4. Learn the Arvigo Techniques of Maya Abdominal Therapy® (ATMAT) self-care massage. The technique is a noninvasive external technique designed to lift and center the uterus and improve blood and lymph flow. A certified ATMAT practitioner will teach you the self-care massage during your first session. Do the self-care massage on a slant board (about 45 degrees) or pillow that puts your hips higher than your head, this will allow gravity aid you during self-care.

5. It’s ideal to see your certified Arvigo Techniques of Maya Abdominal Therapy® practitioner one to three sessions a month for three months depending on your situation. The session includes anterior massage (abdominal) and posterior techniques along the back muscles, sacrum, pelvis, tailbone and specific techniques to lift the uterus. l have seen excellent results with women who have stage one and two prolapses, and moderate to good results in stage three prolapse (once a complete reversal) with diligent self-care massage and alignment awareness.

6. A Visceral Manipulation™ practitioner who has completed VM3 should also be able to help. I have done both trainings in the Arvigo® work and in Visceral Manipulation™-they are both vastly different in their approach. The techniques I use depends on the individual situation.

7.  No lifting over 10 pounds while you are healing if you are not able to lift without the Valsalva maneuver (creating internal pressure).

8.  Nourish uterine ligaments- “A disturbance in the balance of Calc. fluor. or Calcium Fluoride in any of the body tissues can cause a chronically relaxed condition of any of the associated tissues,” from the Natural Health DOC website.  There is a  homeopathic suppository remedy for prolapse, homeopathy can be very specific to the individual, so it’s best to see someone who specializes in homeopathic medicine.

One of my clients reported improvement with her prolapse after receiving IV vitamin C therapy, so I asked Dr. Kaley Bourgeois at Lake Oswego Health Center whether vitamin IV therapy can help women with uterine prolapse. She said that “Vitamin C therapy can be helpful with supporting tissue integrity, but I’ve found ozone intravenous therapies to be more effective. Most likely due to the increased oxygenation of tissues via blood. Often we combine by starting with the ozone therapy, followed by a smaller vitamin push.”  She also said that Bio-identical hormone support is sometimes helpful as well when appropriate.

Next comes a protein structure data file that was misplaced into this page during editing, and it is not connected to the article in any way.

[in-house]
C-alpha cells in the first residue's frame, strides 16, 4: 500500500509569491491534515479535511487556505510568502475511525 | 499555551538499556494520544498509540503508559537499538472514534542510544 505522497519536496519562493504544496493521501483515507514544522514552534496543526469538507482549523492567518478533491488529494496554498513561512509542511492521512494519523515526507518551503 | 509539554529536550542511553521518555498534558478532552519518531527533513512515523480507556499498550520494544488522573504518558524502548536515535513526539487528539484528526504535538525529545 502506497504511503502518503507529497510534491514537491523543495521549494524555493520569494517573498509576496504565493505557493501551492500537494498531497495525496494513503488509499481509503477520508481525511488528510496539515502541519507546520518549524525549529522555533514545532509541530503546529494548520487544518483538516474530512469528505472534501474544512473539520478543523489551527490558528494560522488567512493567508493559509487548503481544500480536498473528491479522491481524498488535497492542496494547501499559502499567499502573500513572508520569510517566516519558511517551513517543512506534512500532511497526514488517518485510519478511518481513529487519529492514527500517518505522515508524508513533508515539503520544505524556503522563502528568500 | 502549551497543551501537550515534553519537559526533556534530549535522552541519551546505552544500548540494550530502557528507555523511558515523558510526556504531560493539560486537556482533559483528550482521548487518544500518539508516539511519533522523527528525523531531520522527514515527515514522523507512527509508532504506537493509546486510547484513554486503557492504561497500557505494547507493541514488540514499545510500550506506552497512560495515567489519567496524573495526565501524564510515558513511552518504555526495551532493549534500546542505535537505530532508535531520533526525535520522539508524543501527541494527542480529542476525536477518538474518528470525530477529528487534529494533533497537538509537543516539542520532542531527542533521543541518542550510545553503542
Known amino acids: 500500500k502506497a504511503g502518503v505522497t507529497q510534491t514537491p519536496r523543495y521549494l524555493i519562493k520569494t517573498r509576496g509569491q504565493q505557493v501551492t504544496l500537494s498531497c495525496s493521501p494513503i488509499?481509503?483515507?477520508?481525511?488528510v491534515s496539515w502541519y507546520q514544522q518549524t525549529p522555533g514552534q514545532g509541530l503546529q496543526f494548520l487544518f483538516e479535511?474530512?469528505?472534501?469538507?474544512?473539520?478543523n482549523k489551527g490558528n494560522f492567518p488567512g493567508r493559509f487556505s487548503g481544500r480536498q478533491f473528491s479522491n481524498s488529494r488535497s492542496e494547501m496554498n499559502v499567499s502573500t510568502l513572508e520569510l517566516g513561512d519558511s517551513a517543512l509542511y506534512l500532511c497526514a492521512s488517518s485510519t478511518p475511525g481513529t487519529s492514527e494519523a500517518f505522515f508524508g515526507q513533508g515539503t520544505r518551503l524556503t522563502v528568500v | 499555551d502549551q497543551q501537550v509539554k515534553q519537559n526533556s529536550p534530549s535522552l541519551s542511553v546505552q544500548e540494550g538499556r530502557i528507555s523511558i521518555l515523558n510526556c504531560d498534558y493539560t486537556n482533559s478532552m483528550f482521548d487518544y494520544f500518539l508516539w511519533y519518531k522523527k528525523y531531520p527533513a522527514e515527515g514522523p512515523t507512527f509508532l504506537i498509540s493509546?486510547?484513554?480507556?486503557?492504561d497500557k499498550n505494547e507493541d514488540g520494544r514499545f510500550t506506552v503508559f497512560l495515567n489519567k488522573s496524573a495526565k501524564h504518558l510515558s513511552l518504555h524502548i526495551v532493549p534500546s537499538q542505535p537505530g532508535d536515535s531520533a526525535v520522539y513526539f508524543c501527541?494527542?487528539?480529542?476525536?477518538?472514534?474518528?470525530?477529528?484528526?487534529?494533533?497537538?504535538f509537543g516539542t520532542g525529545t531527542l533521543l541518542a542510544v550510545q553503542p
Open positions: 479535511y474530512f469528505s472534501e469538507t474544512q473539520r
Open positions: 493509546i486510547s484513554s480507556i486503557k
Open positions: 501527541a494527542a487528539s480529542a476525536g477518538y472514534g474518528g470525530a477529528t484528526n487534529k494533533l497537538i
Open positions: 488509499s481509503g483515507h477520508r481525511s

9.  Holistic Pelvic Care™ “covers the female energy system and working with organ energies, the physical body & mapping internal pelvic tension patterns, and creative energies & trauma: restoring equilibrium in the pelvic space by working at the energy/body interface.” (source)

10.  Ask for help when needed.  Many women with prolapse organs report that they lack adequate support from their loved ones or coworkers.  Remember some people may not know you need help unless you ask.

11. Acupuncture or acupressure to certain points to raise the organ qi or treat deficiency.  GV20 is perhaps the point most well-known for the treatment of prolapse. Located five cun within the anterior hairline on the governing vessel channel, it has the ability to raise the yang.  A cun is the distance between the distal and proximal interphalangeal joints of the middle finger and is used as a measuring tool to find acupuncture points.  Prolapse can have several sources, so see a qualified acupuncturist for a proper diagnosis.

12. Moxa on these points.

13. Transition to zero drop shoes (the heel of the shoe should be at the same altitude of the ball of the foot).  I can’t stress how important this is for pelvic floor health. How you transition to a zero drop shoe is also important, so don’t just throw out all your shoes just yet. Read THIS BOOK first.

14. Manage your general health, including alternative modalities and using conventional health care when needed.  In some cases, especially stage four prolapse,  a pessary may be used.  A pessary is a small plastic or silicone medical device which is inserted into the vagina and acts as a  support.


1.Imaging Pelvic Floor Disorders
By Jaap Stoker, Albert L. Baert, Stuart A. Taylor, John O.L. Delancey